Belva Davis was born Belvagene Melton on October 13, 1932, in Monroe, Louisiana. She is the eldest of five children. Her father, John Melton, was a sawmill worker. Her mother, Florence Howard Melton, was a laundress. By 1940, the Melton family moved to Oakland, California. There, her father worked for the Navy and her mother worked for Southern Pacific Railroad.
Melton attended Berkeley High School. She became the first person in her family to earn her high school diploma when she graduated in 1951. She considered college but could not afford it. Instead, she got married to Frank Davis at the age of 19. They had two children together but their marriage ended. She also worked as a typist for the Oakland Naval Supply Center.
In 1957, Davis landed a freelance writing job with Jet Magazine. Her freelancing ultimately led to a part-time position. Freelancing did not support her household too well but she had discovered her calling.
From there, Davis landed a position with the radio station KSAN in San Francisco, in 1961. She became the first Black woman to work for that station. She landed another job with the radio station KDIA. There, she hosted her own two-hour show. She often spoke on topics such as race, gender, and politics.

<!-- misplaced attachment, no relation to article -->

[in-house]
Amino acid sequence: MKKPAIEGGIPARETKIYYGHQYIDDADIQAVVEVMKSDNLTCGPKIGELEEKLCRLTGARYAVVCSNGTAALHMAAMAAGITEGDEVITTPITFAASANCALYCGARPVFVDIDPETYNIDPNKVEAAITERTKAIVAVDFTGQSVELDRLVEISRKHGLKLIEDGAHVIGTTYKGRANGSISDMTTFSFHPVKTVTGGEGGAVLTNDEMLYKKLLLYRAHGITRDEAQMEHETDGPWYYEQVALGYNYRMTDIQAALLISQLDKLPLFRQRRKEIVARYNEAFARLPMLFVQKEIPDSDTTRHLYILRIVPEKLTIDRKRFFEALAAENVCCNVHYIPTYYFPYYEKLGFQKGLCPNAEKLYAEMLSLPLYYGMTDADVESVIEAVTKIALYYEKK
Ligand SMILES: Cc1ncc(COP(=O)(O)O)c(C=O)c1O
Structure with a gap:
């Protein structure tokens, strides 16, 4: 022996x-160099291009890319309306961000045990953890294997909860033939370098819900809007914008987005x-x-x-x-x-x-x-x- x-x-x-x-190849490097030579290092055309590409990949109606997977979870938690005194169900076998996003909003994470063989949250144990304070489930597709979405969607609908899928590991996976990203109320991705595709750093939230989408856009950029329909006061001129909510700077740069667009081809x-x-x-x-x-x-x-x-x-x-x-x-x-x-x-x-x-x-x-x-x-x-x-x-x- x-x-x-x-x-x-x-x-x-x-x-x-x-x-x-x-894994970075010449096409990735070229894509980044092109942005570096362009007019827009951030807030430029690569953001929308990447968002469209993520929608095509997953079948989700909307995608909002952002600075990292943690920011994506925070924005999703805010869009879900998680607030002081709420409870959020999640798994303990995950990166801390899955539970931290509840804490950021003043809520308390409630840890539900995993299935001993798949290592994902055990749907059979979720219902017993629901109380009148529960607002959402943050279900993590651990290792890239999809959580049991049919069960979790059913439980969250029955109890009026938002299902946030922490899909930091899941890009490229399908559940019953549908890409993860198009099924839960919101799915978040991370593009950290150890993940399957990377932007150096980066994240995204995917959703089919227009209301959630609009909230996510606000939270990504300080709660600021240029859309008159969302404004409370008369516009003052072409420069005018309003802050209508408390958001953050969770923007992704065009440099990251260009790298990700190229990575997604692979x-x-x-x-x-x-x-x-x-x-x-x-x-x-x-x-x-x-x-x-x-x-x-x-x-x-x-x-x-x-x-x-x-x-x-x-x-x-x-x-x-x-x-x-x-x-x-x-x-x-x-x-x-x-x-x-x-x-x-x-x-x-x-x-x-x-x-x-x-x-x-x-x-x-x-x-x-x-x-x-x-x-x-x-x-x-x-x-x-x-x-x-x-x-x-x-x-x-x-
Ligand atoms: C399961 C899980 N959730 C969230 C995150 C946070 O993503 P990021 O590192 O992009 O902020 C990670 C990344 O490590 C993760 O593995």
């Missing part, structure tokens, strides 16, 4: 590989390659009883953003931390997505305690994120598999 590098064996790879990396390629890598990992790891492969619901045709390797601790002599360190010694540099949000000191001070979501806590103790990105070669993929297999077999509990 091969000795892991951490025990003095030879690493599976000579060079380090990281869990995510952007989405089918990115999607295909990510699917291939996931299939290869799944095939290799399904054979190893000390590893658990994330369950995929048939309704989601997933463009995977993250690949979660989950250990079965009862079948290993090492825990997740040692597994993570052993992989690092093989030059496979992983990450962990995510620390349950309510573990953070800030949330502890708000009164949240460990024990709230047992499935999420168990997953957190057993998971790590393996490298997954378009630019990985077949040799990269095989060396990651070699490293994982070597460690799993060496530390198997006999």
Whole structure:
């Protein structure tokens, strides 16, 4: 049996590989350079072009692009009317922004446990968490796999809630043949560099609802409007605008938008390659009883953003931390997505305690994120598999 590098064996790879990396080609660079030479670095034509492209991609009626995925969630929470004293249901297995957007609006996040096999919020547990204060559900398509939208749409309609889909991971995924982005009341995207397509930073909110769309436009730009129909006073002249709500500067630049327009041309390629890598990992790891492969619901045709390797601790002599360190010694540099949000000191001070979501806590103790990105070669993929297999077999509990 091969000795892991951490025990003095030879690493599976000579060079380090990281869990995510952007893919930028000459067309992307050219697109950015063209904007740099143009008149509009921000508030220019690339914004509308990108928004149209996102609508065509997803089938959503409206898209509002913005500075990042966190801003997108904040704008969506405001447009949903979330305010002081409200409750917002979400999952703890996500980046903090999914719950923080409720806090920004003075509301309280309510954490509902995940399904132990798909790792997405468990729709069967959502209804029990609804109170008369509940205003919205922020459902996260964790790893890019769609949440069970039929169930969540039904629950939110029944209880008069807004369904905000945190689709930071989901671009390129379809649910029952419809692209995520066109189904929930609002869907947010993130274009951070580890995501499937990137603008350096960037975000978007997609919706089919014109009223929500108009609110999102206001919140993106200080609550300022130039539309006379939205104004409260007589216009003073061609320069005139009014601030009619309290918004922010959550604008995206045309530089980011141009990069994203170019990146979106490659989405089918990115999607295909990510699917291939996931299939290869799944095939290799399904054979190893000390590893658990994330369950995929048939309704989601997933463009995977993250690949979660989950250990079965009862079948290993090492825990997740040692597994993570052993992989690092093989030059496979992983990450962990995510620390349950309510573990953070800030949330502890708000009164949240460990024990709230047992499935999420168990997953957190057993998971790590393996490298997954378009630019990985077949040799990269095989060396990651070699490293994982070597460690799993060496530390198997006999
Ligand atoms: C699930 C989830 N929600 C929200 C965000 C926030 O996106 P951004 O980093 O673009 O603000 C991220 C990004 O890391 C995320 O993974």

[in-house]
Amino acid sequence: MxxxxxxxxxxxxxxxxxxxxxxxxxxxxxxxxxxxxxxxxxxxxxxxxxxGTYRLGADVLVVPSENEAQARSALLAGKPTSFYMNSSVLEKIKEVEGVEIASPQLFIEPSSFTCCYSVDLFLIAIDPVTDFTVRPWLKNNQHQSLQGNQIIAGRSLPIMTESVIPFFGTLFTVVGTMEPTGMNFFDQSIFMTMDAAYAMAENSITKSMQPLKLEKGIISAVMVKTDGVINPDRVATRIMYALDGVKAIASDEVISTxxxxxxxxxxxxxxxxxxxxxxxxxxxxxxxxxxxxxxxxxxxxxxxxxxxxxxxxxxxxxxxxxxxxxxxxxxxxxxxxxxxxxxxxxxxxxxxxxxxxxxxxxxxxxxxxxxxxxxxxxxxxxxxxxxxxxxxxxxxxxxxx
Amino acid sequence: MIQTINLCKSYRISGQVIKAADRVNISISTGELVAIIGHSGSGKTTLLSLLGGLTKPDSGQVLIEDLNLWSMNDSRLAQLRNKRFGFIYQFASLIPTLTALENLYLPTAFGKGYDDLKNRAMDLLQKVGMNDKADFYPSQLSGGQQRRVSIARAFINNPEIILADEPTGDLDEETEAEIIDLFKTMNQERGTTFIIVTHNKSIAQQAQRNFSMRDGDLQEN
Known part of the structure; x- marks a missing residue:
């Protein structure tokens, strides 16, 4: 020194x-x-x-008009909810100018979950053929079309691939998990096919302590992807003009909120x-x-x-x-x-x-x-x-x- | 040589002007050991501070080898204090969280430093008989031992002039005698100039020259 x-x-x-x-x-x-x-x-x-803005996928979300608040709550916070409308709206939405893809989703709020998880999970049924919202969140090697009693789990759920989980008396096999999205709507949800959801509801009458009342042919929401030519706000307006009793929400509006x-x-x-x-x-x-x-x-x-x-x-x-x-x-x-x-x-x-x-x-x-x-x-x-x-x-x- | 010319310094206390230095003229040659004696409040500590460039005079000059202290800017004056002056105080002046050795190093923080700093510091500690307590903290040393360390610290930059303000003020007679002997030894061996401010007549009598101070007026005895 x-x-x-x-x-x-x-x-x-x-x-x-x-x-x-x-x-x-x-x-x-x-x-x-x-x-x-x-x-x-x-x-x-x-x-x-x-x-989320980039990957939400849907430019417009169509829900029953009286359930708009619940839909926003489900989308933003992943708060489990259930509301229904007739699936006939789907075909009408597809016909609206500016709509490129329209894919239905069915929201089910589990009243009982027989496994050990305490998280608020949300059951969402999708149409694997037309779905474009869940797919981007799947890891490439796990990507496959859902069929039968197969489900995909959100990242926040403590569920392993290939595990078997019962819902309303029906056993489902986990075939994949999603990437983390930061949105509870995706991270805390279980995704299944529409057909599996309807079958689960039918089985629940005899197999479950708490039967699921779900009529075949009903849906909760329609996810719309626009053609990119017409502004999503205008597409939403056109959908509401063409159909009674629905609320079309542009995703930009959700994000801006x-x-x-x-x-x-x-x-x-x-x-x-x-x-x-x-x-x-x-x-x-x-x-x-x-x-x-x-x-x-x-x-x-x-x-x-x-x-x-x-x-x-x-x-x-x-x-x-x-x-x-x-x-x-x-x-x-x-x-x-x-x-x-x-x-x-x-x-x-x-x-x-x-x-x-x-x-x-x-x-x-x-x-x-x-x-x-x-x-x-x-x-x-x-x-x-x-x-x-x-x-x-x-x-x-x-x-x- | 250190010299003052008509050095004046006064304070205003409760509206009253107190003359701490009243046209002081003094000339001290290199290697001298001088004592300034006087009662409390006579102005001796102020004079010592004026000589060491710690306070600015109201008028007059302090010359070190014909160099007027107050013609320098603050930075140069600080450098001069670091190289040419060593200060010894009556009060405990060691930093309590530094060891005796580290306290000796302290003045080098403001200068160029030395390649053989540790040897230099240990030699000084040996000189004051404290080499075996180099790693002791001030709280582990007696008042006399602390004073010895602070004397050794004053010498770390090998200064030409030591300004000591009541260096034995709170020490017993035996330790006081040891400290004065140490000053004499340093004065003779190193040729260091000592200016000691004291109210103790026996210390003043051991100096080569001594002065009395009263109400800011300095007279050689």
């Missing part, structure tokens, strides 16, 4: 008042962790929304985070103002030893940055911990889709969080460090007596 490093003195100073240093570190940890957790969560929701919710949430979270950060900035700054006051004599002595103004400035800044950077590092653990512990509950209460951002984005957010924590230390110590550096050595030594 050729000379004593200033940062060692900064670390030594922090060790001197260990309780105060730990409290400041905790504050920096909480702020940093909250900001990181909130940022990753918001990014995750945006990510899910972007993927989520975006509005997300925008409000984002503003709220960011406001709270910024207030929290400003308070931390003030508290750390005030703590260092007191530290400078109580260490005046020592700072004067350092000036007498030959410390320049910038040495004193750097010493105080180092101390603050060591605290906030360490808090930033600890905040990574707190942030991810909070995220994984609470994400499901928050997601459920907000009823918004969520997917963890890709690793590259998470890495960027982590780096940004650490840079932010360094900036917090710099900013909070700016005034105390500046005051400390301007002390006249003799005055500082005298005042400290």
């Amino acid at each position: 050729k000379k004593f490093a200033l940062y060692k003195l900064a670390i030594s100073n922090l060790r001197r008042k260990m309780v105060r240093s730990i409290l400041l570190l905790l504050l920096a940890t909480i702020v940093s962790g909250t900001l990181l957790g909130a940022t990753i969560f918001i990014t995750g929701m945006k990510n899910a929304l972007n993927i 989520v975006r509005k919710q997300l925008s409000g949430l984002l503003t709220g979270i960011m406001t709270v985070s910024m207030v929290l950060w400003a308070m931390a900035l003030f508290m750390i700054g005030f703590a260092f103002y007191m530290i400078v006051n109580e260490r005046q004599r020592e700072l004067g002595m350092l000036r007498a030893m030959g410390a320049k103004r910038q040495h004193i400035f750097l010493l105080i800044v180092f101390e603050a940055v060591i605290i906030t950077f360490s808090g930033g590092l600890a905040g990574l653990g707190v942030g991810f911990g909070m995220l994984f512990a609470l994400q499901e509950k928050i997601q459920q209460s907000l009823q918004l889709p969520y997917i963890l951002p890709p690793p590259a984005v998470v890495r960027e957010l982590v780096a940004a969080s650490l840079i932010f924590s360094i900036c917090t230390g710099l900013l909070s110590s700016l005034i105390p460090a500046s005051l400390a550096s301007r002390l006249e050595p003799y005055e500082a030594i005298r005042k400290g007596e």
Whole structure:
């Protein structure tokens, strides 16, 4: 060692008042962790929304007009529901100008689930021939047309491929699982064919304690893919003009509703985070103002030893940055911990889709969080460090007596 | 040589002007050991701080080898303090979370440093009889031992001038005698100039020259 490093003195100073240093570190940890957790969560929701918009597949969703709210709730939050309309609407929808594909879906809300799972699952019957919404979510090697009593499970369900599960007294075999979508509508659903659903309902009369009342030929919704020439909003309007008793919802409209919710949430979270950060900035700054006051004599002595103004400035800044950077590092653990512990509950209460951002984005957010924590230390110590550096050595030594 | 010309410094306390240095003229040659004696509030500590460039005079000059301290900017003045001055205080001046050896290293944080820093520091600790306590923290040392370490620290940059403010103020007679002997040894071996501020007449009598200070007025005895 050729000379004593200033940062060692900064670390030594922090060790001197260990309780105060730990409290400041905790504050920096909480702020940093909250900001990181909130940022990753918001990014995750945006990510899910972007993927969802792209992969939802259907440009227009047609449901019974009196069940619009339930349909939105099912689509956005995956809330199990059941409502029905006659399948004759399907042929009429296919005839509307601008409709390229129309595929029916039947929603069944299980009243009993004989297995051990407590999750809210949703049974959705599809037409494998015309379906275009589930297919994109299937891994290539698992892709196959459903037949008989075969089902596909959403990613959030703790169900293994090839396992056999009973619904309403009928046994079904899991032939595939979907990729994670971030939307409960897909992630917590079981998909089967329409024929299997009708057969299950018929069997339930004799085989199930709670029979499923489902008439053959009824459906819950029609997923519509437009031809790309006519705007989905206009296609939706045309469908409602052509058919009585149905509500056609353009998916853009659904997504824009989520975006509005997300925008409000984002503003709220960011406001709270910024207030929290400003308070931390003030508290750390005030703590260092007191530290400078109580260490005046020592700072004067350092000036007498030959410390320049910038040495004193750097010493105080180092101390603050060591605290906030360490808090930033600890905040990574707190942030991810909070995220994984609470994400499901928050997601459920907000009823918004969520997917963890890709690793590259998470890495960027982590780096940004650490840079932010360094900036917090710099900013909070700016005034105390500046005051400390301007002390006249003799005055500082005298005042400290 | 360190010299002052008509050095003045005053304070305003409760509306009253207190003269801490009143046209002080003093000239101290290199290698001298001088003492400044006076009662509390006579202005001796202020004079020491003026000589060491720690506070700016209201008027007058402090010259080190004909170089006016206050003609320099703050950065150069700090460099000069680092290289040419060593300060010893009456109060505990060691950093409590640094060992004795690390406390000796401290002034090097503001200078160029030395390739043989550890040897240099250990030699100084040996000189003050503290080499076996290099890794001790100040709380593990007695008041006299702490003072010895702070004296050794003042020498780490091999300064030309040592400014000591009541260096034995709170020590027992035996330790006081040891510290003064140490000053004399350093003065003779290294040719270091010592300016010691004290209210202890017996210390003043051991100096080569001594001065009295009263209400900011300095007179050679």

In 1963, Davis transitioned from radio to television. She accepted a freelance assignment from station KTVU-TV in Oakland, providing coverage of a beauty pageant for Black women. Knowing nothing about the topic, she studied books about TV production at the library.
By 1966, co-anchor Nancy Reynolds was leaving her position at KPIX-TV. Davis was among 60 other applicants to vie for the position. She landed the job and became the first Black woman TV reporter on the West Coast. She also met her second husband, Bill Moore, the first Black cameraman at a major TV station in the Bay Area.
Davis co-created and hosted All Together Now. The segment was one of the first public affairs programs spotlighting communities of color in the U.S. She later co-founded and hosted similar segments, A Closer Look and Evening Edition. She then worked as an anchor for KRON-TV until 1999.
Davis won a myriad of awards over the course of her career. She was recognized by the National Association of Black Journalists and won several local Emmy Awards. In 2010, she wrote her autobiography, Never in My Wildest Dreams: A Black Woman’s Life in Journalism. At the age of 85, Belva Davis is now retired and lives in Petaluma, California with her husband.
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